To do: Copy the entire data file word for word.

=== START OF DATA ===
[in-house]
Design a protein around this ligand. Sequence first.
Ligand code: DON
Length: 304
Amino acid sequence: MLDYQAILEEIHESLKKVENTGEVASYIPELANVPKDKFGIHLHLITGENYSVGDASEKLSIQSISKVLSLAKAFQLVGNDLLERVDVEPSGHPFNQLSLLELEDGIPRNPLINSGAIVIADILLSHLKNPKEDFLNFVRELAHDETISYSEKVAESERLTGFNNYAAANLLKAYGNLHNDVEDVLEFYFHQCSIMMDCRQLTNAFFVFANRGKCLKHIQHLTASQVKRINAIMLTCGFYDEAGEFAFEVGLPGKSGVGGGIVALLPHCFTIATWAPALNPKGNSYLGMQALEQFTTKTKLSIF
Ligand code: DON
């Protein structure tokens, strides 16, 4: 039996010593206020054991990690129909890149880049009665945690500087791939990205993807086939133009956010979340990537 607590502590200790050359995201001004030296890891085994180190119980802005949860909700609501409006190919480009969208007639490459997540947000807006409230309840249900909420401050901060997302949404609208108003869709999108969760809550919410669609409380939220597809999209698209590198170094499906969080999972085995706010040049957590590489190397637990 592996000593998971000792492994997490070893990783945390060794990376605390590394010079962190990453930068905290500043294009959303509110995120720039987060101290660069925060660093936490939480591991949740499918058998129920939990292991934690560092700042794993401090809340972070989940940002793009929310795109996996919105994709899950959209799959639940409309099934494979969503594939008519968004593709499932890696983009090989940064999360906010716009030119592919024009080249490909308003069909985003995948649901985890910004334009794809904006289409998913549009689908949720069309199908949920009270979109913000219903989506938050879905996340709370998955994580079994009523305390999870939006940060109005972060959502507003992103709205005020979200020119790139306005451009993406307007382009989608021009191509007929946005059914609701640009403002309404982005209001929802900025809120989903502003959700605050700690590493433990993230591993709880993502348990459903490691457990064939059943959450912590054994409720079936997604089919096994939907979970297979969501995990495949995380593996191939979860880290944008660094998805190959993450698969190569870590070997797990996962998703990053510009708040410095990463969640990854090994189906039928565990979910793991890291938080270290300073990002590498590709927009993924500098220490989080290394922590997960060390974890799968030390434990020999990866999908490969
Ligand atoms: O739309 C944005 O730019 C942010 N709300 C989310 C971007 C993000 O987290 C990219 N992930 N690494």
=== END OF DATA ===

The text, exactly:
[in-house]
Design a protein around this ligand. Sequence first.
Ligand code: DON
Length: 304
Amino acid sequence: MLDYQAILEEIHESLKKVENTGEVASYIPELANVPKDKFGIHLHLITGENYSVGDASEKLSIQSISKVLSLAKAFQLVGNDLLERVDVEPSGHPFNQLSLLELEDGIPRNPLINSGAIVIADILLSHLKNPKEDFLNFVRELAHDETISYSEKVAESERLTGFNNYAAANLLKAYGNLHNDVEDVLEFYFHQCSIMMDCRQLTNAFFVFANRGKCLKHIQHLTASQVKRINAIMLTCGFYDEAGEFAFEVGLPGKSGVGGGIVALLPHCFTIATWAPALNPKGNSYLGMQALEQFTTKTKLSIF
Ligand code: DON
């Protein structure tokens, strides 16, 4: 039996010593206020054991990690129909890149880049009665945690500087791939990205993807086939133009956010979340990537 607590502590200790050359995201001004030296890891085994180190119980802005949860909700609501409006190919480009969208007639490459997540947000807006409230309840249900909420401050901060997302949404609208108003869709999108969760809550919410669609409380939220597809999209698209590198170094499906969080999972085995706010040049957590590489190397637990 592996000593998971000792492994997490070893990783945390060794990376605390590394010079962190990453930068905290500043294009959303509110995120720039987060101290660069925060660093936490939480591991949740499918058998129920939990292991934690560092700042794993401090809340972070989940940002793009929310795109996996919105994709899950959209799959639940409309099934494979969503594939008519968004593709499932890696983009090989940064999360906010716009030119592919024009080249490909308003069909985003995948649901985890910004334009794809904006289409998913549009689908949720069309199908949920009270979109913000219903989506938050879905996340709370998955994580079994009523305390999870939006940060109005972060959502507003992103709205005020979200020119790139306005451009993406307007382009989608021009191509007929946005059914609701640009403002309404982005209001929802900025809120989903502003959700605050700690590493433990993230591993709880993502348990459903490691457990064939059943959450912590054994409720079936997604089919096994939907979970297979969501995990495949995380593996191939979860880290944008660094998805190959993450698969190569870590070997797990996962998703990053510009708040410095990463969640990854090994189906039928565990979910793991890291938080270290300073990002590498590709927009993924500098220490989080290394922590997960060390974890799968030390434990020999990866999908490969
Ligand atoms: O739309 C944005 O730019 C942010 N709300 C989310 C971007 C993000 O987290 C990219 N992930 N690494």